During the civil war, industries and banks were kept nationalized. Peasants were also permitted for cultivating the land and a centralized planning process came to be introduced. The officials worked on how the economy was working and also set targets for five years and during the first two “Plans”, the government had fixed all the prices for the promotion of industrial growth and economic growth. There was rapid construction which led to poor working conditions. Schooling systems came to be developed and arranged and women workers, creches were established and cheap public health care systems came to be provided as well as model living quarters for the workers were set up.

Stalinism and Collectivisation

The disaster of collectivization of agriculture occurred in the early Planned Economy. By 1927-28, the towns of soviet Russia had faced a shortage of grains and Stalin introduced some firm emergency actions by 1928, the party members began touring the grain-producing area and raiding the “kulaks”- who were the well-to-do peasants. After 1917, the land was given over to peasants. By 1929, Party forced all the peasants to cultivate in collective farms, which was known as kolkhoz peasants working but the kolkhoz profit was shared. The number of cattle fell by one-third and the government of Stalin allowed for independent cultivation. Inspite of collectivization, production did not increase, and the bad harvests of 1930-33 were where many people died.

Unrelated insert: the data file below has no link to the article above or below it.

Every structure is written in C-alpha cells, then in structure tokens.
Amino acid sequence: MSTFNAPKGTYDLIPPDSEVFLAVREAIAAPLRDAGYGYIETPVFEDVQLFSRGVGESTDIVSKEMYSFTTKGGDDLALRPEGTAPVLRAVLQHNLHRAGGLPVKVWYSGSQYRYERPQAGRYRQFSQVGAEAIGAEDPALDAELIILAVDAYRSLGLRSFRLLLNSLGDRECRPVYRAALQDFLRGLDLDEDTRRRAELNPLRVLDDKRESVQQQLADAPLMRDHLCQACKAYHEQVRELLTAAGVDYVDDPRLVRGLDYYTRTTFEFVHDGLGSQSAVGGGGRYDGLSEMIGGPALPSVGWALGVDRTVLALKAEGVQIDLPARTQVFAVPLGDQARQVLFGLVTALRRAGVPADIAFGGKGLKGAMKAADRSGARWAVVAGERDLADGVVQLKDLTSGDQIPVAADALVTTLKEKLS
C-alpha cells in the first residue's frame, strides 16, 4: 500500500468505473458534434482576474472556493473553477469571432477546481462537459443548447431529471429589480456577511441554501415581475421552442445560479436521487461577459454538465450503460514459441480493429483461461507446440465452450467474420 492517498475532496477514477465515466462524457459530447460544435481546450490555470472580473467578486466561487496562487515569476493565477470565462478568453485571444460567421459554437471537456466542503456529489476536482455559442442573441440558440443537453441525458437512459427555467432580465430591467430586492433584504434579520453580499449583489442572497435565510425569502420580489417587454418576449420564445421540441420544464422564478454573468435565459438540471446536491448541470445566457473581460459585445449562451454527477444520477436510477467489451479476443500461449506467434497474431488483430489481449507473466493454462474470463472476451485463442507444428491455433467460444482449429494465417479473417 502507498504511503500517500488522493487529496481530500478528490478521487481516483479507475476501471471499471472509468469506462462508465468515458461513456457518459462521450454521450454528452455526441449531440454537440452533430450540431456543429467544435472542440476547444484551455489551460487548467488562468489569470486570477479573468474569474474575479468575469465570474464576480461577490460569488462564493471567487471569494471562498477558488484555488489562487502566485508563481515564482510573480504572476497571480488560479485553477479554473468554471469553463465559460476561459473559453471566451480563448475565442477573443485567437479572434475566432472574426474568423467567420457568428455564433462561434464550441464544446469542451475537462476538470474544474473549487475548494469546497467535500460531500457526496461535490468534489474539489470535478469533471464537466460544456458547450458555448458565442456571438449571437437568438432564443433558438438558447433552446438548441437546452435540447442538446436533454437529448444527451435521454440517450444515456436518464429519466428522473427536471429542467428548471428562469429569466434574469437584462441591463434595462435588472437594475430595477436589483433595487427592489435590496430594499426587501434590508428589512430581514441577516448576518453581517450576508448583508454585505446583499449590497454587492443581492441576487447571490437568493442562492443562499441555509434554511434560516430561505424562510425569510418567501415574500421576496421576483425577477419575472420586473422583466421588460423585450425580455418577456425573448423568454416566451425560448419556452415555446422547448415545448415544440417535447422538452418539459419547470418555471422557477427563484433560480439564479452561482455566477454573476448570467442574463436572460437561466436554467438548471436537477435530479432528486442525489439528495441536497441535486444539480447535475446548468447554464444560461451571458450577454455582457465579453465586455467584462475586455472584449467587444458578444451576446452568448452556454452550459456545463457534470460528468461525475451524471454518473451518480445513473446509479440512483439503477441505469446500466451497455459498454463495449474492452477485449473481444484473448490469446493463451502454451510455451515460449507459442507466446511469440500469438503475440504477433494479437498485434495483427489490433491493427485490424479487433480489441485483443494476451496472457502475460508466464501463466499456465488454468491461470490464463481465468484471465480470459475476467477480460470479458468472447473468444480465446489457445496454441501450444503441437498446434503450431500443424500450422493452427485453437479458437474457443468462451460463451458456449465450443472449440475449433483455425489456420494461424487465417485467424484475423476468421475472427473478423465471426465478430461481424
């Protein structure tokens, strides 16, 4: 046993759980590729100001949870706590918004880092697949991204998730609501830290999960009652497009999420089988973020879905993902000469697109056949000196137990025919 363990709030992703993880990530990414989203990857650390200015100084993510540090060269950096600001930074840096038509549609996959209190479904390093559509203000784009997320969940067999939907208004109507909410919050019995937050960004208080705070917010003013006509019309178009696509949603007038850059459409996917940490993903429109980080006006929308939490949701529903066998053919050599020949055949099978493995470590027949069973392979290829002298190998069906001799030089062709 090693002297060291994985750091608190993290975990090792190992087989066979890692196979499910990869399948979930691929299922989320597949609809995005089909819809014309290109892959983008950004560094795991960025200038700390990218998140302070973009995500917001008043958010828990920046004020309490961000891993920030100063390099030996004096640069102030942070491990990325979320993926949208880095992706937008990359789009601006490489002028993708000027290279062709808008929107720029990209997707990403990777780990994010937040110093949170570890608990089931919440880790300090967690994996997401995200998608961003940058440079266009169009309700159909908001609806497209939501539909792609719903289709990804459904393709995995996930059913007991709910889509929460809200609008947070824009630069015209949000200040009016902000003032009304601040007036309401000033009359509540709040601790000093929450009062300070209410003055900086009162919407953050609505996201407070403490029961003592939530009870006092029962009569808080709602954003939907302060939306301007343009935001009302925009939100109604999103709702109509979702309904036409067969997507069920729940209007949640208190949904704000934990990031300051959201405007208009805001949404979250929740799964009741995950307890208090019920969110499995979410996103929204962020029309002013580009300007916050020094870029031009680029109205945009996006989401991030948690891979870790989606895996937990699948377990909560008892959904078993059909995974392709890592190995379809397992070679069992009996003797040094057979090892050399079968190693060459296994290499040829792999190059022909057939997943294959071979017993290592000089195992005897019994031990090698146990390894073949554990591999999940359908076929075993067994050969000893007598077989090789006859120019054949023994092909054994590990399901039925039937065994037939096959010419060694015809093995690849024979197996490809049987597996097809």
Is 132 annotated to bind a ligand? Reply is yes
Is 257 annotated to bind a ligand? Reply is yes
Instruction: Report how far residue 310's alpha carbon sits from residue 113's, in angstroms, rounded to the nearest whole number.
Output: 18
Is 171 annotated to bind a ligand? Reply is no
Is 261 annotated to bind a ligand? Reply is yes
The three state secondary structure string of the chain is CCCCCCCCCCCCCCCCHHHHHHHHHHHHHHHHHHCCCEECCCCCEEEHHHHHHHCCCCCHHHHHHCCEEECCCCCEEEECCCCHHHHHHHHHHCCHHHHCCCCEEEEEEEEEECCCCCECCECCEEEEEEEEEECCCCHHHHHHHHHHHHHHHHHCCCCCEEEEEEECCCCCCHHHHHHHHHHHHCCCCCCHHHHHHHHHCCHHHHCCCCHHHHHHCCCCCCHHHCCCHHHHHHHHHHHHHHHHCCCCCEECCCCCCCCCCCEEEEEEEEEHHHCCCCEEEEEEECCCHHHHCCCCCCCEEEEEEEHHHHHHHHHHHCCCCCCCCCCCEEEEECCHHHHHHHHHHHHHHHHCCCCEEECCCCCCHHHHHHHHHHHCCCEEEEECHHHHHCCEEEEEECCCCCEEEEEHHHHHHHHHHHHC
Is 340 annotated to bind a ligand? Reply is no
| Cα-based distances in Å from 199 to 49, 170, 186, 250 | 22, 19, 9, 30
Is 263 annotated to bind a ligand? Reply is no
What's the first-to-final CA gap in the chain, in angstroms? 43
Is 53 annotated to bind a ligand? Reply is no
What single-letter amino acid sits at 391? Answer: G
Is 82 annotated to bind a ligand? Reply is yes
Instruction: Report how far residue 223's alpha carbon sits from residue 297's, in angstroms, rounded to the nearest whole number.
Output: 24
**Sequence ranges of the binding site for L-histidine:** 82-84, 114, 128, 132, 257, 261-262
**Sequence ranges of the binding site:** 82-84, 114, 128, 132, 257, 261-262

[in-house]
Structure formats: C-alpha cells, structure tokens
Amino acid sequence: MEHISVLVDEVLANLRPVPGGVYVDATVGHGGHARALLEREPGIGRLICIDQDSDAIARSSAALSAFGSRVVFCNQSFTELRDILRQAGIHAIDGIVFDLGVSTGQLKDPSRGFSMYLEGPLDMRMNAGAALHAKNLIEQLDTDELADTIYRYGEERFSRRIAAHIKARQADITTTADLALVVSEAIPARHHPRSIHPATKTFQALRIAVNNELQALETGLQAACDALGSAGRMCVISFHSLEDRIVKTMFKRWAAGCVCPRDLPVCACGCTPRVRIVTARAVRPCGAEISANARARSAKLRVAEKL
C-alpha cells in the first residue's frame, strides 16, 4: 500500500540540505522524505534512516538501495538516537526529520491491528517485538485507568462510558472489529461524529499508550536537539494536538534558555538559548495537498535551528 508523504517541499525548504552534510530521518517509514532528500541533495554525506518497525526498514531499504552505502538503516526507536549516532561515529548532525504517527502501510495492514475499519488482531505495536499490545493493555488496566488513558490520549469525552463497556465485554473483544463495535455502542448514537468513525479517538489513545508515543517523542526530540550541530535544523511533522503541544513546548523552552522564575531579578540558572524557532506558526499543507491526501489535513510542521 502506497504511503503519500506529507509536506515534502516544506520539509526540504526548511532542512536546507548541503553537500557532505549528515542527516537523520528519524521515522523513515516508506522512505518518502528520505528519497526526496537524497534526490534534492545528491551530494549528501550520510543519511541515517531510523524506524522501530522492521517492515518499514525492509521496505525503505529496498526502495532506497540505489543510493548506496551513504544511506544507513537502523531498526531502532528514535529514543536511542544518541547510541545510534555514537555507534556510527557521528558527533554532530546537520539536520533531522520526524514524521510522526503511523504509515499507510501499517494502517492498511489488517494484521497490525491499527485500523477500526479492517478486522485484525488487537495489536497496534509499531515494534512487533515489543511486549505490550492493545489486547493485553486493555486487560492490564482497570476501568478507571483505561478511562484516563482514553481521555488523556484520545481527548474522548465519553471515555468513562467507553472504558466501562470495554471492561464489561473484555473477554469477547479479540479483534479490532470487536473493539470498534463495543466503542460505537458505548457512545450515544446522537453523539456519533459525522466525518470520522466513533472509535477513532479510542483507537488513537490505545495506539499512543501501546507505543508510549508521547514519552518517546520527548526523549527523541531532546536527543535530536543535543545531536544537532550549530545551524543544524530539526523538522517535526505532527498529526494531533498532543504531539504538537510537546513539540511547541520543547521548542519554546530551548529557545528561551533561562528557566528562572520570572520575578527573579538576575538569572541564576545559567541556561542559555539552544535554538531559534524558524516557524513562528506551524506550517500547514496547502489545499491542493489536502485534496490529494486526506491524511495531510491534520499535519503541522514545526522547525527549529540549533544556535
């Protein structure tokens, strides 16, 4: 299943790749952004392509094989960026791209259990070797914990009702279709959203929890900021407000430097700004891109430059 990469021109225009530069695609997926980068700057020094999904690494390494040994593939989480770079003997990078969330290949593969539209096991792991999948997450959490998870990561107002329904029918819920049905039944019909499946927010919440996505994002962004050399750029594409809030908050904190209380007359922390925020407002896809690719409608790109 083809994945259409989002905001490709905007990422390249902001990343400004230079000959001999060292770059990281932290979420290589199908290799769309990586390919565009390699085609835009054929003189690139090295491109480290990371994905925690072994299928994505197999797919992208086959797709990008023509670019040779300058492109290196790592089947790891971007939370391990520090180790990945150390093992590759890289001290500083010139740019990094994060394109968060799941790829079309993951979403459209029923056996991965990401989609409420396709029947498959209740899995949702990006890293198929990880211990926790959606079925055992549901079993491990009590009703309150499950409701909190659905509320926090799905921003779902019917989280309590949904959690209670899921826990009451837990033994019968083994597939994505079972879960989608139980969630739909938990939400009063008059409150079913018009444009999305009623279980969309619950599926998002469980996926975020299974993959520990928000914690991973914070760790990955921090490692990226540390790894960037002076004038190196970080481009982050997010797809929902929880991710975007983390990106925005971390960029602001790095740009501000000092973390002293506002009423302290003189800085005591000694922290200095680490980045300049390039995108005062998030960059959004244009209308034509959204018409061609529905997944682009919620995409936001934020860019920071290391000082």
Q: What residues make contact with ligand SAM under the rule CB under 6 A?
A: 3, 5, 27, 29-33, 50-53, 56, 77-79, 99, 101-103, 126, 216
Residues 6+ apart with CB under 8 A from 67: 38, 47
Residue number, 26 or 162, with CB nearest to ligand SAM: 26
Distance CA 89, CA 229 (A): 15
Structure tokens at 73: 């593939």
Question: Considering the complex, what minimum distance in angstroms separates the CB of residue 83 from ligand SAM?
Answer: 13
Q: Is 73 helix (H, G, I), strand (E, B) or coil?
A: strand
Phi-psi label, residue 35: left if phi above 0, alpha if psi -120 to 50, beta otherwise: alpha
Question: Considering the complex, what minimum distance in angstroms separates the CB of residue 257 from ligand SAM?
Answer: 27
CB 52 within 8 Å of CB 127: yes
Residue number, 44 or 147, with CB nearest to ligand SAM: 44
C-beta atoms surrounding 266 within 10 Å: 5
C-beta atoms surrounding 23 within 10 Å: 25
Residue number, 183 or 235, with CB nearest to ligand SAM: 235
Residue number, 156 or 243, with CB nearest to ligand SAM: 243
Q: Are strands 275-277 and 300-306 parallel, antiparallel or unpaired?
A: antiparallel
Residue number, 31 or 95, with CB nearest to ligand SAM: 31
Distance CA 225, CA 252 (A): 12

The Global Influence of the Russian Revolution and the USSR

Communist parties were formed in many countries like the Communist Party of Great Britain and some non-russians from outside the USSR also participated in the Conference of People of the East and the Bolsheviks founded Comintern. Before the outbreak of the Second World War, the USSR had given socialism a more global face and world reputation. USSR had become a great power and agriculture and industries developed and the poors were better off. By the end of the 20th century, the importance of the USSR as a socialist country came to be declined.

Related Links

  1. The Age of Social Change
  2. The Russian Revolution
  3. The February Revolution in Petrograd
  4. What Changed After October?

Frequently Asked Questions on CBSE Class 8 History Notes Chapter 2: Socialism in Europe and the Russian Revolution

Q1: How and when did socialism spread in Europe?


The ideas of socialism came to be spread in Europe by the mid-19th century and the main features of socialism included Collective ownership, economics and social equality, and also economic planning.

Q2: When did the Russian Revolution take place?


The Russian Revolution took place between the years 1917 and ended in the year 1923.

Q3: Who was the backbone of the Russian Revolution?


Bolshevik party majorly led the Russian revolution, leader was Vladimir Lenin in November of 1917.

Q4: What was the basic idea of socialism in the Russian Revolution?


The basic idea was the socialists were against private property and supported that means of production being under the government.

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Last Updated : 17 Apr, 2023